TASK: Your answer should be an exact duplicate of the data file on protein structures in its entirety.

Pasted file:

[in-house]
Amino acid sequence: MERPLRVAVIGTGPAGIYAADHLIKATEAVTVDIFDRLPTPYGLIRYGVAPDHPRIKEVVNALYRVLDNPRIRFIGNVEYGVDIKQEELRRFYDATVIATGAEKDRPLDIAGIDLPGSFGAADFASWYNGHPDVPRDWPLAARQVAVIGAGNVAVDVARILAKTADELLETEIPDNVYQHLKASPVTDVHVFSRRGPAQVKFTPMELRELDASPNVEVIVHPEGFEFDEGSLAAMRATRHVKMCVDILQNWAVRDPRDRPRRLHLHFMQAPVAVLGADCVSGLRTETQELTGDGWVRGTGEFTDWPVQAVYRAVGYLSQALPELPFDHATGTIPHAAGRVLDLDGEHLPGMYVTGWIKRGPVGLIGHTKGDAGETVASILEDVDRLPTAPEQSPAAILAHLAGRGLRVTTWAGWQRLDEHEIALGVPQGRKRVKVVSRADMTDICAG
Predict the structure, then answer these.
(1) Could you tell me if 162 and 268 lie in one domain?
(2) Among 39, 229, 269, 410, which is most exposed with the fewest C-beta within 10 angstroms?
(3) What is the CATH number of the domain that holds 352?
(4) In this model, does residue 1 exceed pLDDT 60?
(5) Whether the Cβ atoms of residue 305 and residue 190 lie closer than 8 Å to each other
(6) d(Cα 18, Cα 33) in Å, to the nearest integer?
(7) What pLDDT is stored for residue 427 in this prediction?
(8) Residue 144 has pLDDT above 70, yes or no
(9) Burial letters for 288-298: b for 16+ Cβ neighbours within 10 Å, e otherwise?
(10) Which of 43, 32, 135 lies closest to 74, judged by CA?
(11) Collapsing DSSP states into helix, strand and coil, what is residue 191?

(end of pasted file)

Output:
[in-house]
Amino acid sequence: MERPLRVAVIGTGPAGIYAADHLIKATEAVTVDIFDRLPTPYGLIRYGVAPDHPRIKEVVNALYRVLDNPRIRFIGNVEYGVDIKQEELRRFYDATVIATGAEKDRPLDIAGIDLPGSFGAADFASWYNGHPDVPRDWPLAARQVAVIGAGNVAVDVARILAKTADELLETEIPDNVYQHLKASPVTDVHVFSRRGPAQVKFTPMELRELDASPNVEVIVHPEGFEFDEGSLAAMRATRHVKMCVDILQNWAVRDPRDRPRRLHLHFMQAPVAVLGADCVSGLRTETQELTGDGWVRGTGEFTDWPVQAVYRAVGYLSQALPELPFDHATGTIPHAAGRVLDLDGEHLPGMYVTGWIKRGPVGLIGHTKGDAGETVASILEDVDRLPTAPEQSPAAILAHLAGRGLRVTTWAGWQRLDEHEIALGVPQGRKRVKVVSRADMTDICAG
Predict the structure, then answer these.
(1) Could you tell me if 162 and 268 lie in one domain?
(2) Among 39, 229, 269, 410, which is most exposed with the fewest C-beta within 10 angstroms?
(3) What is the CATH number of the domain that holds 352?
(4) In this model, does residue 1 exceed pLDDT 60?
(5) Whether the Cβ atoms of residue 305 and residue 190 lie closer than 8 Å to each other
(6) d(Cα 18, Cα 33) in Å, to the nearest integer?
(7) What pLDDT is stored for residue 427 in this prediction?
(8) Residue 144 has pLDDT above 70, yes or no
(9) Burial letters for 288-298: b for 16+ Cβ neighbours within 10 Å, e otherwise?
(10) Which of 43, 32, 135 lies closest to 74, judged by CA?
(11) Collapsing DSSP states into helix, strand and coil, what is residue 191?